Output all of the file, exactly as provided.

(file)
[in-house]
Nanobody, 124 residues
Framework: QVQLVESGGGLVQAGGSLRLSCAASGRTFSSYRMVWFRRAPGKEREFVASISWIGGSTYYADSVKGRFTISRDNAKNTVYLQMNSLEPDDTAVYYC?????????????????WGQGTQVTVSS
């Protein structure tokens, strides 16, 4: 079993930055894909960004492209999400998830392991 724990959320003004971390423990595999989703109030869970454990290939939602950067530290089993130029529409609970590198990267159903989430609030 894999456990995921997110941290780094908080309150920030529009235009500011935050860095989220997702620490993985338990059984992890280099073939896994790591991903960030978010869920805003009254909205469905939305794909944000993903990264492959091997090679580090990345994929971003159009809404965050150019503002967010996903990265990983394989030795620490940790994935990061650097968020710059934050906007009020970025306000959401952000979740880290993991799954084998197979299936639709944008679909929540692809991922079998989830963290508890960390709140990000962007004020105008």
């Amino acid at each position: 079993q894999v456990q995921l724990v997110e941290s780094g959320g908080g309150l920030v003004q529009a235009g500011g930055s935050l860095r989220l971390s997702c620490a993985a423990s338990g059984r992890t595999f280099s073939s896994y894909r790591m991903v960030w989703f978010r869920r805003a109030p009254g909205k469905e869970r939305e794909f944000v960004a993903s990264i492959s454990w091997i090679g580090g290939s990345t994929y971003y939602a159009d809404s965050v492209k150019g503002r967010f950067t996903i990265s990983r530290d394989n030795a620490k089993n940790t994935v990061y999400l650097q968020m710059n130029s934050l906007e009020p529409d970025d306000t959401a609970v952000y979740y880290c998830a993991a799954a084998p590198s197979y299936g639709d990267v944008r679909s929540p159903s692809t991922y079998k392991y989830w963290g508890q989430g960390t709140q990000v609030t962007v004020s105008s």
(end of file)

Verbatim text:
[in-house]
Nanobody, 124 residues
Framework: QVQLVESGGGLVQAGGSLRLSCAASGRTFSSYRMVWFRRAPGKEREFVASISWIGGSTYYADSVKGRFTISRDNAKNTVYLQMNSLEPDDTAVYYC?????????????????WGQGTQVTVSS
């Protein structure tokens, strides 16, 4: 079993930055894909960004492209999400998830392991 724990959320003004971390423990595999989703109030869970454990290939939602950067530290089993130029529409609970590198990267159903989430609030 894999456990995921997110941290780094908080309150920030529009235009500011935050860095989220997702620490993985338990059984992890280099073939896994790591991903960030978010869920805003009254909205469905939305794909944000993903990264492959091997090679580090990345994929971003159009809404965050150019503002967010996903990265990983394989030795620490940790994935990061650097968020710059934050906007009020970025306000959401952000979740880290993991799954084998197979299936639709944008679909929540692809991922079998989830963290508890960390709140990000962007004020105008």
């Amino acid at each position: 079993q894999v456990q995921l724990v997110e941290s780094g959320g908080g309150l920030v003004q529009a235009g500011g930055s935050l860095r989220l971390s997702c620490a993985a423990s338990g059984r992890t595999f280099s073939s896994y894909r790591m991903v960030w989703f978010r869920r805003a109030p009254g909205k469905e869970r939305e794909f944000v960004a993903s990264i492959s454990w091997i090679g580090g290939s990345t994929y971003y939602a159009d809404s965050v492209k150019g503002r967010f950067t996903i990265s990983r530290d394989n030795a620490k089993n940790t994935v990061y999400l650097q968020m710059n130029s934050l906007e009020p529409d970025d306000t959401a609970v952000y979740y880290c998830a993991a799954a084998p590198s197979y299936g639709d990267v944008r679909s929540p159903s692809t991922y079998k392991y989830w963290g508890q989430g960390t709140q990000v609030t962007v004020s105008s």